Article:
Not sure if you have gingivitis? Top tips to look for with your periodontal health

woman brushing teeth

While many people assume that dental care is all about teeth, a great deal of it revolves around gums.

If you have ever looked into having a cosmetic dental procedure, such as implants or veneers, then you may have come across some of the exclusion criteria for these procedures. One of the main ones is periodontal health. Specifically, for a dental team to be able to fit either of these options, you cannot have gum disease.

But whether or not you are considering having a cosmetic procedure performed, how do you know the signs of gum disease and what are some of the red flags to look out for? In this article, a dentist in Wagga Wagga offers some useful insights to keeping gingivitis at bay.

Causes of gingivitis

Often, gingivitis is caused by poor oral hygiene. Teeth and gums which are not brushed regularly accumulate plaque and bacteria, which leads to an inflammatory immune response. If left untreated this may be uncomfortable but, in the early stages, many patients are able to resolve the issue at home with specialised mouthwash.

However, if you suspect that you have gingivitis, contact your dentist near Wagga Wagga for an appointment.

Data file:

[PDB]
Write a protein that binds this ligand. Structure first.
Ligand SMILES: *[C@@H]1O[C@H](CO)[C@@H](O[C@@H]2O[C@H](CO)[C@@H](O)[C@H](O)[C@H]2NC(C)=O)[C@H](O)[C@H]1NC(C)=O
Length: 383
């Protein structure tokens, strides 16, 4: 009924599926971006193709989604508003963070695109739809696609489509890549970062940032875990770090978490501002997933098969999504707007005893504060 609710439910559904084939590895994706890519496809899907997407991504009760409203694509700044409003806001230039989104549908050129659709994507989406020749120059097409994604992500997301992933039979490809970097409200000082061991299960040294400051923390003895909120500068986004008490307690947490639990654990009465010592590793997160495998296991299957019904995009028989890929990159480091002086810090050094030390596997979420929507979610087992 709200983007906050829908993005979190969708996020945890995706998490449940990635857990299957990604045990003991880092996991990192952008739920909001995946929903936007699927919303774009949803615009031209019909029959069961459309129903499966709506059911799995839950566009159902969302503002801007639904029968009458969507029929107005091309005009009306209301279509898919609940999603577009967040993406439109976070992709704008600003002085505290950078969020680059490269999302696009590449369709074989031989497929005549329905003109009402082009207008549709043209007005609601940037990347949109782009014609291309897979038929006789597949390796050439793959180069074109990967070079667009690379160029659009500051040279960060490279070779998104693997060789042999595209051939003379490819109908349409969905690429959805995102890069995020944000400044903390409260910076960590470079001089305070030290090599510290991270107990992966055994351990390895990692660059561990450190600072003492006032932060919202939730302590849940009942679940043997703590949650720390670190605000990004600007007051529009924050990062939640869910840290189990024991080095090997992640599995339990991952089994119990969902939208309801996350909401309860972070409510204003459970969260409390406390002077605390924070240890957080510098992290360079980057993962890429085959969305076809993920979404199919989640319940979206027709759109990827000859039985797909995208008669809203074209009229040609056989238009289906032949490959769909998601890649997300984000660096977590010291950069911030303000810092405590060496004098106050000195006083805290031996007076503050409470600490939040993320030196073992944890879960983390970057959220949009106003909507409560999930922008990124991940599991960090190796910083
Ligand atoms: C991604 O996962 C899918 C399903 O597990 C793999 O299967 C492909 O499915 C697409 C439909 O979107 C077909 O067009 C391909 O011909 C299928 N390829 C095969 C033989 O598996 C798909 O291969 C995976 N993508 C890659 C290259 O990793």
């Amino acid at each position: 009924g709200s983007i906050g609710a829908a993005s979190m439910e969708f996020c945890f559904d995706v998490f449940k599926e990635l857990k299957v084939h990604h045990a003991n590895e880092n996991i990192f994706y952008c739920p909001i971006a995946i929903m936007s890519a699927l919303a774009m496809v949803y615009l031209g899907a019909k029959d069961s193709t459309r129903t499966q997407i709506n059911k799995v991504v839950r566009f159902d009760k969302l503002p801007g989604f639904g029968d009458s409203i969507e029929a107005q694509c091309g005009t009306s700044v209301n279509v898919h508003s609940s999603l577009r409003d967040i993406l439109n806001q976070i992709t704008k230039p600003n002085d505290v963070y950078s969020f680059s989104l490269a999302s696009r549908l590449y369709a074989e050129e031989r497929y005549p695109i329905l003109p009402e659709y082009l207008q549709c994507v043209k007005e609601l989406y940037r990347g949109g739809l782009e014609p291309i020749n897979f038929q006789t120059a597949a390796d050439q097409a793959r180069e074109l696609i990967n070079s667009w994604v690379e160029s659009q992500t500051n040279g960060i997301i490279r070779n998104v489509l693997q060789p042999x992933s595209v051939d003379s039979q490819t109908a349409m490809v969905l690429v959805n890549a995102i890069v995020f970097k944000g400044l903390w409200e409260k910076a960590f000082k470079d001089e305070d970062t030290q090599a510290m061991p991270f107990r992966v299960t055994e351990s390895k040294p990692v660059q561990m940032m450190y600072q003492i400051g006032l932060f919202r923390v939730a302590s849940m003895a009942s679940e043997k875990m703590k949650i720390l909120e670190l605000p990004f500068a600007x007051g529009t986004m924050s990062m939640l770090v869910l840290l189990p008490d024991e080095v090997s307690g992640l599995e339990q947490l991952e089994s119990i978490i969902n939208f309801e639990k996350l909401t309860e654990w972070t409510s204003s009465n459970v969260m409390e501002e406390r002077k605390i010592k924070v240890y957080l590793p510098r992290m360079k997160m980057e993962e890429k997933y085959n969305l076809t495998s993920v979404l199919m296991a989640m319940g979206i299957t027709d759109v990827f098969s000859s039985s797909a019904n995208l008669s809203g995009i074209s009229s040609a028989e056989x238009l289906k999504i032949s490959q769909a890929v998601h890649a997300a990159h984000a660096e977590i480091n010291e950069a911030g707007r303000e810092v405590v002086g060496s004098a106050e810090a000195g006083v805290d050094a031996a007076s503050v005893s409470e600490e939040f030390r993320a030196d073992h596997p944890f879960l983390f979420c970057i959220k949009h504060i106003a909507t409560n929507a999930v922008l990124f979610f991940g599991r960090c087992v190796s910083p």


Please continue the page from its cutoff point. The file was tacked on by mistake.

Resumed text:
Swelling gums

If you have ever had a mouth ulcer, you will be aware of what a swollen gum feels like.

However, while gingivitis may start off in one area of the mouth, it can spread quickly, causing the entire gum line to become swollen. If you notice sudden swelling in any part of your mouth that appears to be spreading, contact your dentist from Wagga Wagga right away!


If you brush your teeth roughly, you may frequently suffer from a spot of bleeding once you have finished cleaning. But if you notice bleeding when you brush with regular pressure, or even when you are eating food, this is indicative of gum disease and requires medical attention.

dentist and patient

Bad breath

Is your breath abnormally smelly throughout the day?

If you smoke or are a fan of garlic, it can be harder to notice this but if you are aware of a foul odour or taste in your mouth (usually metallic), this may need a sudden visit to your dental team for further examination.

Receding gums

Research has determined that in cases of severe periodontal disease, the gums may recede.

Therefore, the roots of the teeth may become more exposed and your teeth will look physically longer. Once again, this is caused by excessive amounts of bacteria and inflammatory response, but as soon as you detect any sign of receding gums, contact your dental hygienist for a scale and polish.

Loose teeth

Going back to the initial point, relating to the fitting of dental implants, if you have natural teeth and untreated gum disease, they are no less susceptible to falling out than prosthetics.

Therefore, if your gums appear swollen and your teeth are coming loose or are wobbling, you need a check-up with a dental team to try and save your teeth.


Any surgical or invasive procedure carries risks. Before proceeding you should seek a second opinion from an appropriately qualified health practitioner.

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